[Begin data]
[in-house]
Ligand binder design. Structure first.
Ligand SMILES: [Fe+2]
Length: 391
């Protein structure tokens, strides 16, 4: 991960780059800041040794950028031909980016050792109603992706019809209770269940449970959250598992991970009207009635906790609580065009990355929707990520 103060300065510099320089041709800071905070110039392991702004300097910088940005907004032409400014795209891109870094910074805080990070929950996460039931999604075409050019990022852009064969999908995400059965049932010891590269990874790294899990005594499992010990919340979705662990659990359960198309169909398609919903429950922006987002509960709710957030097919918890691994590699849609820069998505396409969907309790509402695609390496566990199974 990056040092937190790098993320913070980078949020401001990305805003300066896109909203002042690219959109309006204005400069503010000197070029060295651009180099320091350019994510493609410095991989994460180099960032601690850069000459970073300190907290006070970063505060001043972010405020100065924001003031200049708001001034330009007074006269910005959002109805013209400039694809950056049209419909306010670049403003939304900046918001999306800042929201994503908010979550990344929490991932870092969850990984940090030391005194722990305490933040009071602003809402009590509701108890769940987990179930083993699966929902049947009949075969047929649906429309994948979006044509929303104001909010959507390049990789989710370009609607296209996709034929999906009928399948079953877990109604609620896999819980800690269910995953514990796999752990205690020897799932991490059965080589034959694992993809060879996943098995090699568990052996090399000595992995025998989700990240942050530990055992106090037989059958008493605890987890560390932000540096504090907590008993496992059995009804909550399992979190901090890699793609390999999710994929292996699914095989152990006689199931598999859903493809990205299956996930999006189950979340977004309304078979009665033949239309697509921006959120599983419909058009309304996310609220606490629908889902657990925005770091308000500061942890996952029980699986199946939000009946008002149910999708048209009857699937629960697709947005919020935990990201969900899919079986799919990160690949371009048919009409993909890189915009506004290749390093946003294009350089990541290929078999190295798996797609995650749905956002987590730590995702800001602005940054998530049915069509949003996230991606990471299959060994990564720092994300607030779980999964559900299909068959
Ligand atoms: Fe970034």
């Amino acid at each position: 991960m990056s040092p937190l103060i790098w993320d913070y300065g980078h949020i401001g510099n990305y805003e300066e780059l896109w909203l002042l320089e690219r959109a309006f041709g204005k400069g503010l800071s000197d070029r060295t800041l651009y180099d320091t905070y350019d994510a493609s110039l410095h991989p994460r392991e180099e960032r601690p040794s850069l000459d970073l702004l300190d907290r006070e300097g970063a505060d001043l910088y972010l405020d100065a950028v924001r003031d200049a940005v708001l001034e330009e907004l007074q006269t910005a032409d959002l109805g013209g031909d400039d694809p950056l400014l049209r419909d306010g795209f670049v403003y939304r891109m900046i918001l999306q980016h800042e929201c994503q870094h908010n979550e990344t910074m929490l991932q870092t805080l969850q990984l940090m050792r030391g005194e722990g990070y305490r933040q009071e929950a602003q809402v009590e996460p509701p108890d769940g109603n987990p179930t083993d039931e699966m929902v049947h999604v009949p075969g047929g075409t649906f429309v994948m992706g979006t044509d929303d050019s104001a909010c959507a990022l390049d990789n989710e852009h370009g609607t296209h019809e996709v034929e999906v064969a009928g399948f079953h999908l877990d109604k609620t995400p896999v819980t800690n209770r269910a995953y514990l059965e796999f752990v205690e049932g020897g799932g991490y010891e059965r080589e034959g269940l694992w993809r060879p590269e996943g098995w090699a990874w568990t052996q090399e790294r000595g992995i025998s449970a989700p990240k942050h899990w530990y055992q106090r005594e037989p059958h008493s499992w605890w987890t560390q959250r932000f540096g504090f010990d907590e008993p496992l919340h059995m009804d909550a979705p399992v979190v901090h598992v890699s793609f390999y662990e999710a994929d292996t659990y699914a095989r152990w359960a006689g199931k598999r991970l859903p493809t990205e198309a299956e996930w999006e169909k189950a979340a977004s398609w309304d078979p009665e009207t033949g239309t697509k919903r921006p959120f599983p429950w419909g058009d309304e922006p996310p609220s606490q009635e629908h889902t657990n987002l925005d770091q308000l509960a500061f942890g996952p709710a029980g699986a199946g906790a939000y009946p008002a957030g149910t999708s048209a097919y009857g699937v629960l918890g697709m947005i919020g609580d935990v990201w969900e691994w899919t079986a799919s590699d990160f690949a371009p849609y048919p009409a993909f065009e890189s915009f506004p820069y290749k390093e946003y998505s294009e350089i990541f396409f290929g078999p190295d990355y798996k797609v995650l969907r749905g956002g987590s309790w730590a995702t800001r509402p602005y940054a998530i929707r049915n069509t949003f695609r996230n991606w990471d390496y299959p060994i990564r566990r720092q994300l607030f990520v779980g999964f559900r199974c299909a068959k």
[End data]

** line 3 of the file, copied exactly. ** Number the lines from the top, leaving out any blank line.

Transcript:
Ligand SMILES: [Fe+2]